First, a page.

Once Were Warriors (1994)


(director: Lee Tamahori; screenwriters: from the book by Alan Duff/Riwia Brown; cinematographer: Stuart Dryburgh; editor: Michael Horton; music: Murray Mcnabb; cast: Rena Owen (Beth Heke), Temuera Morrison (Jake Heke ), Mamaengaroa Kerr-Bell (Grace Heke), Julian Arahanga (Nig Heke), Taungaroa Emile (Boogie Heke), Cliff Curtis (Bully); Runtime: 99; MPAA Rating: R; producer: Robin Scholes; Fine Line Features; 1994-New Zealand)
“Packed with bloody raw emotion.”

Reviewed by Dennis Schwartz

New Zealand directorLee Tamahori’s debut film, based on the acclaimed novel by Alan Duff, is packed with bloody raw emotion and a flashy visual style. It tells its social melodrama about the struggle of an abused Maori wife, Beth Heke (Owen), to hold her dysfunctional family together. She won the Best Actress award at the Montreal World Film Festival in 1994.

“Warriors” is set in the urban slums of south Auckland, where Beth and Jake Heke (Temuera Morrison) dwell in relative comfort in a small house with four of their five children. The hot-tempered and hard-drinking but charismatic Jake just lost his job and now spends all his time hanging out in a bar. The oldest son Nig (Julian Arahanga) is a gang member. He has moved out and has rejected his non-traditional father and joined a traditional Maori gang, whose rituals include tattooing and torture. The teenager Boogie is in juvenile detention after neither his drunk father nor abused mother show for a court hearing. The best hope of all the children is for the tender and gifted storyteller, the 13-year-old, Grace. But Grace doesn’t get how mom puts up with those beatings and feels more comfortable staying with her druggie boyfriend.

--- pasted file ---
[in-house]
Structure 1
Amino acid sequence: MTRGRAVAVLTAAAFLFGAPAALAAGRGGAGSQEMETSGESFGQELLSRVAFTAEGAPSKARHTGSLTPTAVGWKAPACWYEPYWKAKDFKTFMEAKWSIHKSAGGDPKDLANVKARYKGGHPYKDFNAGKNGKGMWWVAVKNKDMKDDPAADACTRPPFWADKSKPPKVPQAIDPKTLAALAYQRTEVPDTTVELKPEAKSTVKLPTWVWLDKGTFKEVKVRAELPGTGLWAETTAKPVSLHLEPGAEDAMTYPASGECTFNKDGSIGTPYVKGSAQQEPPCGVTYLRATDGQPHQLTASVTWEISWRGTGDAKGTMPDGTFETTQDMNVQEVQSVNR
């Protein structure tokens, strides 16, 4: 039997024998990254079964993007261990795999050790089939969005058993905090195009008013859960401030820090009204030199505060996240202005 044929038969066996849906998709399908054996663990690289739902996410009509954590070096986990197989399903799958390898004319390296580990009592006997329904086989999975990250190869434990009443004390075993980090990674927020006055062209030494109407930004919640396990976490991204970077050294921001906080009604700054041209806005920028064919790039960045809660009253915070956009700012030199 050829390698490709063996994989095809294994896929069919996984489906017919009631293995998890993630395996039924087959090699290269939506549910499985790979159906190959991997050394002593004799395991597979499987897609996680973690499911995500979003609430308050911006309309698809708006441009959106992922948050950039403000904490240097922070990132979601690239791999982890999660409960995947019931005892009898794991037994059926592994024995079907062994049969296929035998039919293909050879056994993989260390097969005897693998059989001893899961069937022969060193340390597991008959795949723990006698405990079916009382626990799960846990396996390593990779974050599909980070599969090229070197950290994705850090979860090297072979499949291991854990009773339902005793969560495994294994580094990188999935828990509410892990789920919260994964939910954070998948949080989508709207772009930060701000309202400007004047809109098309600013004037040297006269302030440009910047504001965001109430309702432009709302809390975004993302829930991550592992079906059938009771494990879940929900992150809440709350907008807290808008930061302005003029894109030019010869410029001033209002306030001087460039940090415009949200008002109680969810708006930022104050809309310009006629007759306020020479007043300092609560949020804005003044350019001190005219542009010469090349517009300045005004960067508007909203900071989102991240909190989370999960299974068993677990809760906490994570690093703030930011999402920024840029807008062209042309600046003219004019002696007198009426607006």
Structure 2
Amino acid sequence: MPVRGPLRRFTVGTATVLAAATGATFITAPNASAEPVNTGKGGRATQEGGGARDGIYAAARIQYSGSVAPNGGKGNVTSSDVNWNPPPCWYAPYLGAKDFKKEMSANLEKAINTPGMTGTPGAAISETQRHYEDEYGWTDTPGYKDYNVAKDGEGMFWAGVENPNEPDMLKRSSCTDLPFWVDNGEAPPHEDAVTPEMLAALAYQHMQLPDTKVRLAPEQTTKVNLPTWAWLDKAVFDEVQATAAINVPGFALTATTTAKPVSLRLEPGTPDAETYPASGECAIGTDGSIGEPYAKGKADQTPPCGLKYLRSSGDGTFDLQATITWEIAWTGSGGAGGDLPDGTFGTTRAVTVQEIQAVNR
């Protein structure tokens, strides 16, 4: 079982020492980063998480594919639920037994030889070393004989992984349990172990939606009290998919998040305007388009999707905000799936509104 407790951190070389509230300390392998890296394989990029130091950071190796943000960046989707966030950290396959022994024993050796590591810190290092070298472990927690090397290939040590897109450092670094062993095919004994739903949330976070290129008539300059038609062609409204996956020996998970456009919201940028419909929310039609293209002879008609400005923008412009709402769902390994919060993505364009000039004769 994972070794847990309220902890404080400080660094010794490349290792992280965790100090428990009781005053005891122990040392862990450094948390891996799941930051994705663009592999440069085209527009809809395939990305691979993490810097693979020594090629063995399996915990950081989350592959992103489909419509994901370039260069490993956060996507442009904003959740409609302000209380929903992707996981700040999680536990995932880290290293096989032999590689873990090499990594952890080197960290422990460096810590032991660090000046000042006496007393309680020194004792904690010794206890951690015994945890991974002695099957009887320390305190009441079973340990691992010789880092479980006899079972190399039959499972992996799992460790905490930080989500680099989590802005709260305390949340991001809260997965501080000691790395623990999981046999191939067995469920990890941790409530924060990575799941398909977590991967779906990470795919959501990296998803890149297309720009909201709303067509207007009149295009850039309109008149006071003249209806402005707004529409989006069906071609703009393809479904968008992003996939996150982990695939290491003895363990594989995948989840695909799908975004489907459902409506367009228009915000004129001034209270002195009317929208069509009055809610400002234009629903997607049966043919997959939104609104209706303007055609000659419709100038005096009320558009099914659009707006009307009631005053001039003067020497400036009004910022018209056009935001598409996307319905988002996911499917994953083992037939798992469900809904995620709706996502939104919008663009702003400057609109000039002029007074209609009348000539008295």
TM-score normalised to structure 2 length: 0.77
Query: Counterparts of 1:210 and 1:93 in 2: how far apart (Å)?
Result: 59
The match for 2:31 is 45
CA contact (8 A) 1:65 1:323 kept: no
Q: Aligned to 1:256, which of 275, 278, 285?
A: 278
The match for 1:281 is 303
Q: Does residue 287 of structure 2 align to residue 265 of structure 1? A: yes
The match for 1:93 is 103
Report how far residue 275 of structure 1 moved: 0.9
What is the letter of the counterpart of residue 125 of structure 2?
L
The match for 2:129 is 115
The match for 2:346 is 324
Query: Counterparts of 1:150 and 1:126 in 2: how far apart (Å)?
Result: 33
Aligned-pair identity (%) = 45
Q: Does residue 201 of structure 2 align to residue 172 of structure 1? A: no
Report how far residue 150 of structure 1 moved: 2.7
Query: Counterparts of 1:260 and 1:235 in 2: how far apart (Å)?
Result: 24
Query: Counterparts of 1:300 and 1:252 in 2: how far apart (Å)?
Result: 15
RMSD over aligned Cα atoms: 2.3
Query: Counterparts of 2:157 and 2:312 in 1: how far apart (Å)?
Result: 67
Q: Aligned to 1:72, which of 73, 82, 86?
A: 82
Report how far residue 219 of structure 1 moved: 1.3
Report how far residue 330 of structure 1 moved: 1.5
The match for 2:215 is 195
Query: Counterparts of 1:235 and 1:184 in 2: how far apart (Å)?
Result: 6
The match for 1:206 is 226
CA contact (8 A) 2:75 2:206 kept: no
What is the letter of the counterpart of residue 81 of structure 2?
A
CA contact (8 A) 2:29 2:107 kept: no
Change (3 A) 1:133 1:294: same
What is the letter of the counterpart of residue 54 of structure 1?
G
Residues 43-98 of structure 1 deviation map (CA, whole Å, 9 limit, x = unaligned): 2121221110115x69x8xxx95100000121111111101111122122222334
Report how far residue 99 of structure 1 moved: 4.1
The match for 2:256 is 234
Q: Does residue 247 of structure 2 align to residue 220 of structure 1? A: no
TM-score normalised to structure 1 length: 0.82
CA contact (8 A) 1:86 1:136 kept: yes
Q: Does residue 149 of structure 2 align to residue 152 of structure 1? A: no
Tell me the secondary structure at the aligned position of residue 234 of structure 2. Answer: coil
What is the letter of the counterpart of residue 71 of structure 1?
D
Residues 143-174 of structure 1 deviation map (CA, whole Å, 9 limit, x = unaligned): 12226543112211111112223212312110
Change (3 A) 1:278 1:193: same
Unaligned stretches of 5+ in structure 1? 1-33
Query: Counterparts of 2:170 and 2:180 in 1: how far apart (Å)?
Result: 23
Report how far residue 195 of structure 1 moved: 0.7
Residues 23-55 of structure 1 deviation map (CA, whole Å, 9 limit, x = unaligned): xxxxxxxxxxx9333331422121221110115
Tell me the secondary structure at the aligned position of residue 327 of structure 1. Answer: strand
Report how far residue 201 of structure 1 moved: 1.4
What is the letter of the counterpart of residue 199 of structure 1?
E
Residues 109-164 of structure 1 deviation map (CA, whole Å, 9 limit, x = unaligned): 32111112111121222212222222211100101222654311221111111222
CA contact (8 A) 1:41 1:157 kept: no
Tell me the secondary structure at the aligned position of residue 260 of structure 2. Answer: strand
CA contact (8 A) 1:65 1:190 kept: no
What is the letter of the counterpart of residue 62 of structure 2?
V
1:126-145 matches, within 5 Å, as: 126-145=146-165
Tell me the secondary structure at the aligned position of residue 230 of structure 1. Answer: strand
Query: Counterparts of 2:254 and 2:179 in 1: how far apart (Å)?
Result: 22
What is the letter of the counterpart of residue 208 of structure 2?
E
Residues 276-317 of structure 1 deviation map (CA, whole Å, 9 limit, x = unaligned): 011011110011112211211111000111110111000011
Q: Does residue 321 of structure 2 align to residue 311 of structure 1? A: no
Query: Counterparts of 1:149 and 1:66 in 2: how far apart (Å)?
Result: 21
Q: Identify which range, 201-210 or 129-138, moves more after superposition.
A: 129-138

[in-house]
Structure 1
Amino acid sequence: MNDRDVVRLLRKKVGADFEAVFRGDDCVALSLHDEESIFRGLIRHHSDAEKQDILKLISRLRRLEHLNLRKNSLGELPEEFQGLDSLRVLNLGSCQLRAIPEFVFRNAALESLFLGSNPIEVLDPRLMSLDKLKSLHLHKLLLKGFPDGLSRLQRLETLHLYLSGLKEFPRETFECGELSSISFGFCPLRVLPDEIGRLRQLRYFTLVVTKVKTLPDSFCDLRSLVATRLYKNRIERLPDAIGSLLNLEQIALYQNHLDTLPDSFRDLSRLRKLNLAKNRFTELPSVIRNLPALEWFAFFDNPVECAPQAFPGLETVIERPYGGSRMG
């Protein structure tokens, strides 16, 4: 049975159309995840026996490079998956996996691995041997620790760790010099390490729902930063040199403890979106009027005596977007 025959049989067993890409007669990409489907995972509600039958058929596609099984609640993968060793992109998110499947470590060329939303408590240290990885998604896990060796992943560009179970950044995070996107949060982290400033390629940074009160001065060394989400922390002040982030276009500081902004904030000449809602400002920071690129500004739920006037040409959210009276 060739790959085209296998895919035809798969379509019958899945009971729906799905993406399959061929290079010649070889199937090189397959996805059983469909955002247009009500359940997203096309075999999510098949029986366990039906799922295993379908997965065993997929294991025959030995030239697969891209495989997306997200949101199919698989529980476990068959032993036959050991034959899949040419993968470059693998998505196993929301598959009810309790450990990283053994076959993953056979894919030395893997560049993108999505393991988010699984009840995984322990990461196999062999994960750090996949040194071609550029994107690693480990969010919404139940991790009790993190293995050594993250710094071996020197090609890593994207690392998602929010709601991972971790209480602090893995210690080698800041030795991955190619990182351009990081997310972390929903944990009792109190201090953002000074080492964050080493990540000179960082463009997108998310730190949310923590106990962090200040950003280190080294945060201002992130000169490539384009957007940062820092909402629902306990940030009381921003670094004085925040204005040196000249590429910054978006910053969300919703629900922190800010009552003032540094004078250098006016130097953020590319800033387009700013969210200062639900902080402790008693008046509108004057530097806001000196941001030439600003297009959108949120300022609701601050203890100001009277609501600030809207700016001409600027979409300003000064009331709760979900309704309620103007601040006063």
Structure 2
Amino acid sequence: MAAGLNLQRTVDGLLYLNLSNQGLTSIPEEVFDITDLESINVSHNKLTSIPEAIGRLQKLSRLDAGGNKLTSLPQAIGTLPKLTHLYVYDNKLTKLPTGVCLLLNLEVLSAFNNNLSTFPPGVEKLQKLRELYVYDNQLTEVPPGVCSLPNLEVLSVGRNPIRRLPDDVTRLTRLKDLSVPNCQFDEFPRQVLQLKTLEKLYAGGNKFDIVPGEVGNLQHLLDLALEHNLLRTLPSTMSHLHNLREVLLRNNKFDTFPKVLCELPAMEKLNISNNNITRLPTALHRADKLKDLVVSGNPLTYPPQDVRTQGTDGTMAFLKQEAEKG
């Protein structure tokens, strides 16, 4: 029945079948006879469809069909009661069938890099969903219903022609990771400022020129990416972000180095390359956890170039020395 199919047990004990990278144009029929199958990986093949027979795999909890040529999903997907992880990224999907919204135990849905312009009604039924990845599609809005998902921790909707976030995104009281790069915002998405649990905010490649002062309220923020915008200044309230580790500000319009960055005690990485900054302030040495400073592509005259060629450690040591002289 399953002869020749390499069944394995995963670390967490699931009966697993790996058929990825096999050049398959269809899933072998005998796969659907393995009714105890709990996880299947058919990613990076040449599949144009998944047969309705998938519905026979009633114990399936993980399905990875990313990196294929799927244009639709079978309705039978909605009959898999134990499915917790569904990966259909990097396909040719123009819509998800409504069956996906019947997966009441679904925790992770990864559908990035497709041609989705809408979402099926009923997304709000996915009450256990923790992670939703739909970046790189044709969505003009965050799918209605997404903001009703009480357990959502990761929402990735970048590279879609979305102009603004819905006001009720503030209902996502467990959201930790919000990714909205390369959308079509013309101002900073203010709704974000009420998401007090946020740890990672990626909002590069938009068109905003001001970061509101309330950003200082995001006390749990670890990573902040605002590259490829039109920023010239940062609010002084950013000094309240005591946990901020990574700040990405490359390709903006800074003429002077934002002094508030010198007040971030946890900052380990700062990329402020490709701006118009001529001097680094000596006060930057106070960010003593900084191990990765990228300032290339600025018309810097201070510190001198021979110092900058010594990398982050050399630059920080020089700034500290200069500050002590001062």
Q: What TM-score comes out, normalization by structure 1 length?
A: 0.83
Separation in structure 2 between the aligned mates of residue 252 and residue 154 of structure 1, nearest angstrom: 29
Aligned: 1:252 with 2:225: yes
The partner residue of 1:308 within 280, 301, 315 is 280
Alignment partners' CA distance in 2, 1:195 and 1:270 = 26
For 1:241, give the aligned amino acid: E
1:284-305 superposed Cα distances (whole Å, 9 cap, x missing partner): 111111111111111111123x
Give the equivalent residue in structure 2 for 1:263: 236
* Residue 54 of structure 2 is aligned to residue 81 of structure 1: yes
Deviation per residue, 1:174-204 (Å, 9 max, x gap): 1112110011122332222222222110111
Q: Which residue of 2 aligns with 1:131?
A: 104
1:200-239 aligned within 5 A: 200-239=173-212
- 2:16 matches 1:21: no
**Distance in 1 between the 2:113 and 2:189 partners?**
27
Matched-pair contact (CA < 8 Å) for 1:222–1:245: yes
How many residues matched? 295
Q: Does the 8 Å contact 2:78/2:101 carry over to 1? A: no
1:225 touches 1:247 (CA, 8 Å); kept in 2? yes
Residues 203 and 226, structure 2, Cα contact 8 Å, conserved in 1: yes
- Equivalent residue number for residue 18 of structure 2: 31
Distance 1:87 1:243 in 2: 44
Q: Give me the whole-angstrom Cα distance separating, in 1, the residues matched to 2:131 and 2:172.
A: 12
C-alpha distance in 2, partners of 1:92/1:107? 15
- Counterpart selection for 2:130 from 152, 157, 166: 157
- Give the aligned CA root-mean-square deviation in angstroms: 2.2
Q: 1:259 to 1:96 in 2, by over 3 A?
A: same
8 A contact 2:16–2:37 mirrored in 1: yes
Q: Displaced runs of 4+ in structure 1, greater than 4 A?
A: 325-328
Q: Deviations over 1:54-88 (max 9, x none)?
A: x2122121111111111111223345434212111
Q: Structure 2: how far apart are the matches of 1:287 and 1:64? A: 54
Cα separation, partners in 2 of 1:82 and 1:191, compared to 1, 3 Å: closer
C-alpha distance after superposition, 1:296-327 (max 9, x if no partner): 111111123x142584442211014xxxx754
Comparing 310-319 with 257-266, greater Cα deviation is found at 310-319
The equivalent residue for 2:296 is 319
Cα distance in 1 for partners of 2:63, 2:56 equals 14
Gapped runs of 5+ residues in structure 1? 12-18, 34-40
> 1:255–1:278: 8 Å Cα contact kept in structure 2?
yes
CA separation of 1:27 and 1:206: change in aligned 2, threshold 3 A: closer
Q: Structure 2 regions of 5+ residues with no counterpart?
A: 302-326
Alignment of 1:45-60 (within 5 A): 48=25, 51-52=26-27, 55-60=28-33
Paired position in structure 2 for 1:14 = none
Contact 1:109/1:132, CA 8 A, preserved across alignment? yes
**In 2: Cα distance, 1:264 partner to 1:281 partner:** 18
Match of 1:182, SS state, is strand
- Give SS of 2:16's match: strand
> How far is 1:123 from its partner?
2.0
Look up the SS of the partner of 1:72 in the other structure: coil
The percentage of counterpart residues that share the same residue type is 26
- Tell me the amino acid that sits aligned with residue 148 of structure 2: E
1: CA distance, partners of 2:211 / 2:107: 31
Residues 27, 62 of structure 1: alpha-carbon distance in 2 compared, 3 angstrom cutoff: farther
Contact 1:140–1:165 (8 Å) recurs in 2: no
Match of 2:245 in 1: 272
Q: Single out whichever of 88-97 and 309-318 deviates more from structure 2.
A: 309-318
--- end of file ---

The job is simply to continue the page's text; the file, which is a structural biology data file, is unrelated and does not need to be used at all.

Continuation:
When Jack hosts a rowdy drinking party late at night with his unsavory cronies, the young children can’t sleep because of the noise. Beth, who is no angel and is a hard-drinker as well, that night discovers Jake has squandered the family savings on booze and gambling and in the morning throws some verbal barbs at him when he asks her to make eggs for his drunken pal. This sets off a vicious argument resulting in Beth getting a wicked beating. This kind of domestic unrest continues until a terrible tragedy touches them all and Beth at last takes a stand to save herself and the children, and that leaves some hope if they come to their senses and return to their Maori homeland they can be a family again and at least save the younger children.

This film is not an easy watch. The wife beatings are graphic. Though non-judgmental in attitude, the film does not go easy on the oppressed minority for not getting their act together. Few films about domestic violence have been so uncompromising and on target. On top of this, there’s questions raised about the Maori culture. Jack feels insecure because he comes from a family of ex-slaves. Beth, who abandoned her Maori tribe in order to be with the man she is sexually turned onto is willing to be the submissive wife, mind her lip, and hold the family together in the Maori tradition, if that were possible. The film effectively traces the cultural heritage of a proud people, who a thousand years ago were the conquerors of New Zealand but are now second-class citizens in their native country and experiencing a social backslide that is difficult to deal with.